20 Now the God of peace, that brought again from the dead our Lord Jesus, that great Shepherd of the sheep, through the blood of the everlasting covenant,
21 Make you perfect in every good work to do his will, working in you that which is well pleasing in his sight, through Jesus Christ; to whom be glory for ever and ever. Amen.
§ 41. HEB. xiii. 22, to the end.
The Apostle, in conclusion, beseeches the Hebrews not to be
22 And I beseech you, brethren, suffer the word of
23 Know ye that our brother Timothy is set at liberty; with whom, if he come shortly, I will see you.
24 Salute all them that have the rule over you, and all the saints. They of Italy salute you.
25 Grace be with you all. Amen.
Vulgar Era, After his Liberation, St. Paul visits Italy, Spain, Britain, Britain.
12 and the West 12.
12 We cannot be certain what were the travels of St. Paul between his first and second imprisonments at Rome. The probable accounts must be collected from the remaining testimony of the Second Epistle to Timothy, and the desire he had expressed in his Epistles written before his liberation.
Bishop Pearson, with many very eminent and learned theologians, have been of opinion, that when he left Italy he first proceeded to Spain, and the West. Bishop Stillingfleet, and since his time the learned Bishop Burgess, in our own day, have strenuously defended this opinion.
In his Epistle to the Romans (chap. xv. 24.) be had long before expressed his determination to go into Spain-" Whensoever I take my journey into Spain, I will come to you. For I trust to see you in my journey, and to be brought on my way thitherward by you, if first I be somewhat filled with your company."
There appears to be sufficient traditional evidence to satisfy us that the apostle eventually fulfilled his determination.
The testimonies of the first six centuries, either expressly record St. Paul's journey to the West and to Britain, or offer such evidence of the propagation of Christianity in Spain and Britain, as coincides with these testimonies.
1. The first and most important is the testimony of Clemens Romanus, "the intimate friend and fellow-labourer of St. Paul." He says, that St. Paul, in preaching the Gospel, went to the utmost bounds of the West, ἔπι τὸ τερμα τῆς δυσεῶς. This is not a rhetorical expression, as Dr. Hale supposes, but the usual designation of Britain. Catullus calls Britain, ultima Britannia, and ultima occidentis insula. The West included Spain, Gaul, and Britain. Theodoret speaks of the inhabitants of Spain, Gaul, and Britain, as dwelling in the utmost bounds of the West, τας της έσπερας εσχατιας. The connection between Britain and the West, will be seen in other passages quoted by Bishop Stillingfleet (a); and in the following of Nicephorus(b)—ñρòç ¿oñεριον ωκεανόν εισβαλων και τας Βρεταννικας νήσους ευαγγελισαMEVOC. The utmost bounds of the West, then, is not rhetorical language in itself, for it is a common appellation of Britain; nor as applied to St. Paul, for it was said of others of the apos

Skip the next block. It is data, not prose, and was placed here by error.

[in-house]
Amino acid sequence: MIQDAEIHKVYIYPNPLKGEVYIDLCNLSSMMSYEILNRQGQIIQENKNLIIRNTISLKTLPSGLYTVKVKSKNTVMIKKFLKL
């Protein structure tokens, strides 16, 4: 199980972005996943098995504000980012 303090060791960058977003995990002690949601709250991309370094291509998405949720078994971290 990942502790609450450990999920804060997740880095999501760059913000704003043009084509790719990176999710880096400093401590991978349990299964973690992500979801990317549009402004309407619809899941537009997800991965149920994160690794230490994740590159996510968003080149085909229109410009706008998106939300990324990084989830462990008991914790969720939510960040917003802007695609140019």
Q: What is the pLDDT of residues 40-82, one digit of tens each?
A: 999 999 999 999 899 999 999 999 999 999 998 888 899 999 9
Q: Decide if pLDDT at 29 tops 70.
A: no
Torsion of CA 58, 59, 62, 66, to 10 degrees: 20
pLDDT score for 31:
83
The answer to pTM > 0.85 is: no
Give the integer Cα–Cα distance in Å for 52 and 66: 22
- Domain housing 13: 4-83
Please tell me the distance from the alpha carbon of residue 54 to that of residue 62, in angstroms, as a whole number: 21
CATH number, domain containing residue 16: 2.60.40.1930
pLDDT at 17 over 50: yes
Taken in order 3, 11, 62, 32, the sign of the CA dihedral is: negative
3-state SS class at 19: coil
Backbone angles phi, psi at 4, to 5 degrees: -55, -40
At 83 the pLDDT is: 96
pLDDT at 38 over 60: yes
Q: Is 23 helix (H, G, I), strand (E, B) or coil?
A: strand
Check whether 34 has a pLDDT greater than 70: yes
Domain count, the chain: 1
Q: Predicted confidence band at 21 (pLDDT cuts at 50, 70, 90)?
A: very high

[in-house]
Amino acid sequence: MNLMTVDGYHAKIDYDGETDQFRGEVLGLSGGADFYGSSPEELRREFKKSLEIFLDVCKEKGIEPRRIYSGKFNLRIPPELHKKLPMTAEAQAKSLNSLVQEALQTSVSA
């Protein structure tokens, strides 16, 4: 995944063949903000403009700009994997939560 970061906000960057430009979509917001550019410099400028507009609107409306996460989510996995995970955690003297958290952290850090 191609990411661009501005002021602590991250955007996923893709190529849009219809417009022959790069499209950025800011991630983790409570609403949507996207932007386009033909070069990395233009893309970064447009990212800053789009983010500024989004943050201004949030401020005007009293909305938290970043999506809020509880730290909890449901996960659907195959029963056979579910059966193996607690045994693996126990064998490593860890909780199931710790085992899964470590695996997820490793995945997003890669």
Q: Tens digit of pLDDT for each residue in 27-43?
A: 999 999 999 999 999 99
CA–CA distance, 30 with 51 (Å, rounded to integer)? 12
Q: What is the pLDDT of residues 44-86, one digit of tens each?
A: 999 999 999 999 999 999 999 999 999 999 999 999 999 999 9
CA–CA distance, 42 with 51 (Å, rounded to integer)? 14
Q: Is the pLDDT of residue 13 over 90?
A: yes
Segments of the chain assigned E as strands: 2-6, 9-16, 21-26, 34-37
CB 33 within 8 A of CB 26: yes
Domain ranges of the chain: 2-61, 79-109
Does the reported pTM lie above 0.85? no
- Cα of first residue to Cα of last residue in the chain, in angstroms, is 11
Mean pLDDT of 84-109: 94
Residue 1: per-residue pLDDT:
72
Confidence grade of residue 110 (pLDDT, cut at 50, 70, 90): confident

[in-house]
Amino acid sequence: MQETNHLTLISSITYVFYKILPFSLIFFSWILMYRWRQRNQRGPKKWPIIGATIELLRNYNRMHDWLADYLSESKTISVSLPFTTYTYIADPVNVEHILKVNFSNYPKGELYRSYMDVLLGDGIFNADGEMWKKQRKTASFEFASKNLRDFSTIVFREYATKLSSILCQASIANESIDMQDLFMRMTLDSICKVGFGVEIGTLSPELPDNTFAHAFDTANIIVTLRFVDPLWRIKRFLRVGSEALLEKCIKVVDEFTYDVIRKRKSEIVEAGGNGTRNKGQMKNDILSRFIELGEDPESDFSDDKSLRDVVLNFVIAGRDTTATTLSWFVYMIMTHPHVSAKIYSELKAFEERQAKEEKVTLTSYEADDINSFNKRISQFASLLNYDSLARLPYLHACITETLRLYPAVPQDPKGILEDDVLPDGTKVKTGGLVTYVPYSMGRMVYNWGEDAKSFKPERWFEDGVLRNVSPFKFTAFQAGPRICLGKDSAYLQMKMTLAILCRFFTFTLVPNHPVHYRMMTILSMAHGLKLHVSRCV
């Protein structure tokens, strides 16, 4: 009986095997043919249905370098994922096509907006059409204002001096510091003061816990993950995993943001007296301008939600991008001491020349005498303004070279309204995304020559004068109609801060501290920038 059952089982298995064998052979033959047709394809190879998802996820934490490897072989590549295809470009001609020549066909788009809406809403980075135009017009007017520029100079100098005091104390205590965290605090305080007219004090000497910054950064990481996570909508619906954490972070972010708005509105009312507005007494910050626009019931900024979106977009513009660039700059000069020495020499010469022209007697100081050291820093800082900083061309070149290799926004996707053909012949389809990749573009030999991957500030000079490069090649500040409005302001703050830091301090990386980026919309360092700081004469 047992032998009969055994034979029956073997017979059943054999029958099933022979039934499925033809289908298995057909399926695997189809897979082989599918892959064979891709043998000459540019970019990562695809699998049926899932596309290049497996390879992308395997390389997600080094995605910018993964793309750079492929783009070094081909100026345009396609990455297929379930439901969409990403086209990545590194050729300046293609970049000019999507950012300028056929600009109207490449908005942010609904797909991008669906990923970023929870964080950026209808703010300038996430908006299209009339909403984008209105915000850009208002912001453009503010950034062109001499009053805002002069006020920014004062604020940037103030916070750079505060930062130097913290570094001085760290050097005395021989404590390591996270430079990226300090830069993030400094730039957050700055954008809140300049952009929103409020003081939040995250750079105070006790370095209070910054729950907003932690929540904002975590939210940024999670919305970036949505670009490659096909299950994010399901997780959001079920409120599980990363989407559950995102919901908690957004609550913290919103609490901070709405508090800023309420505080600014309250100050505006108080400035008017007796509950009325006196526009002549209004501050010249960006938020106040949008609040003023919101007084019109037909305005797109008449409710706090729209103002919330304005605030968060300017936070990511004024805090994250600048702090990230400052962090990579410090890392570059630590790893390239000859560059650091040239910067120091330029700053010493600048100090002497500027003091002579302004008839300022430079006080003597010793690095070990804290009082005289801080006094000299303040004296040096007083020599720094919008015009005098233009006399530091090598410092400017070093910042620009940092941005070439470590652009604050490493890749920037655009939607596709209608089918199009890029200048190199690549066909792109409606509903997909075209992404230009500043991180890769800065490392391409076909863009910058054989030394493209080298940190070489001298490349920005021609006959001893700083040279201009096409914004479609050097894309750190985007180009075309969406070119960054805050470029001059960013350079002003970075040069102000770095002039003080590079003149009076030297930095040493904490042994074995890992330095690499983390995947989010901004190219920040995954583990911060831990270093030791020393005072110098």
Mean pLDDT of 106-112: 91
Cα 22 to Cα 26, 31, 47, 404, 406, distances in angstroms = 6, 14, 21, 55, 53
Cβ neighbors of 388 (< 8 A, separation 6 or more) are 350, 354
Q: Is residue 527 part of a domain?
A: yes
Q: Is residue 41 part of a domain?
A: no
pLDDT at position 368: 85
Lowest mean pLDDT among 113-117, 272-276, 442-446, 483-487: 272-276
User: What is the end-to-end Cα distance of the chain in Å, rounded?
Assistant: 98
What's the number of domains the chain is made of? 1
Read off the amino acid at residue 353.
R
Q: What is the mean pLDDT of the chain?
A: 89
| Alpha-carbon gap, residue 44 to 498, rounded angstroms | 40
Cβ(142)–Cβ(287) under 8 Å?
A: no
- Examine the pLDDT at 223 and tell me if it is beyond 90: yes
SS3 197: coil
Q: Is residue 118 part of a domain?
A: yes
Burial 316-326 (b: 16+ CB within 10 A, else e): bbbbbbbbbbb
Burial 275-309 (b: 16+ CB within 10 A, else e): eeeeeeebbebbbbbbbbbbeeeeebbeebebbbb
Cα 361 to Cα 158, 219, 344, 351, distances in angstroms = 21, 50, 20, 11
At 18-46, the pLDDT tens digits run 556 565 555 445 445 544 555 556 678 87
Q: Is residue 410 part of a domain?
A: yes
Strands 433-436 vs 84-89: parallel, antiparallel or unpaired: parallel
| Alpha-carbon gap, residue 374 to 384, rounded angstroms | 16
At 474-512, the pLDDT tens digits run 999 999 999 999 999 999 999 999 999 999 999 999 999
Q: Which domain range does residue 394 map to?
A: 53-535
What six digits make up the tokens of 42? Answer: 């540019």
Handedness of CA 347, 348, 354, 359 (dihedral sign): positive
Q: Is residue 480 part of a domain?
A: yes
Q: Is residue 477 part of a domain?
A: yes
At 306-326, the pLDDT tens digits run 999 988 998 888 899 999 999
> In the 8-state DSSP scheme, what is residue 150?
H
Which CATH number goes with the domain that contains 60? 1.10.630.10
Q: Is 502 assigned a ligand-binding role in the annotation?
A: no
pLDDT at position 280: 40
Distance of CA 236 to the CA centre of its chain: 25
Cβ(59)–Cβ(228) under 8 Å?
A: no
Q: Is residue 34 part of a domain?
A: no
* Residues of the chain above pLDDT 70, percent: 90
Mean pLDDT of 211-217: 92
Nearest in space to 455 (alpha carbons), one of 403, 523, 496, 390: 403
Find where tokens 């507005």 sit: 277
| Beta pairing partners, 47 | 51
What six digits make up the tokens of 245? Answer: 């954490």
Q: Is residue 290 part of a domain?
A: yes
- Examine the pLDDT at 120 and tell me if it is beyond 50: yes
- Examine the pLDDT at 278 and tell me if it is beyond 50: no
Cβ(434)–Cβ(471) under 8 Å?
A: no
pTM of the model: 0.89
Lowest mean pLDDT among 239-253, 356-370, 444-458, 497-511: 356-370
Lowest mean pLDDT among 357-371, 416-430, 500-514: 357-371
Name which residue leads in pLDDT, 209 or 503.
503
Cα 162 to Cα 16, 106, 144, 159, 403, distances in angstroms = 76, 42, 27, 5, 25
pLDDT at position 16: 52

2. In the second century (A.D. 176,) Irenæus speaks of Christianity as propagated to the utmost bounds of the earth, iwc TEOATWV TNS YNS, by the apostles and their disciples; and particularly specifies the churches planted (εν ταις ̔Ιβεριαις, and ἑν KEλros) in Spain, and the Celtic nations (c). By the Kɛλro were meant the people of Germany, Gaul, and Britain (d).
3. At the end of the second and the beginning of the third century (A.D. 193-220,) Tertullian mentions, among the Christian converts, Hispaniarum omnes termini, et Galliarum diverversæ nationes et Britannorum inaccessa Romanis loca, Christo vero subdita (e). Though Irenæus and Tertullian, in their testimonies, do not expressly mention St. Paul, yet the conversion of Britain to Christianity is recorded as the work of the apostles and their disciples. It is most interesting to find such wri. ters speaking of their proximity to the origin of the Christian Church, and consequently of the perfect competency of their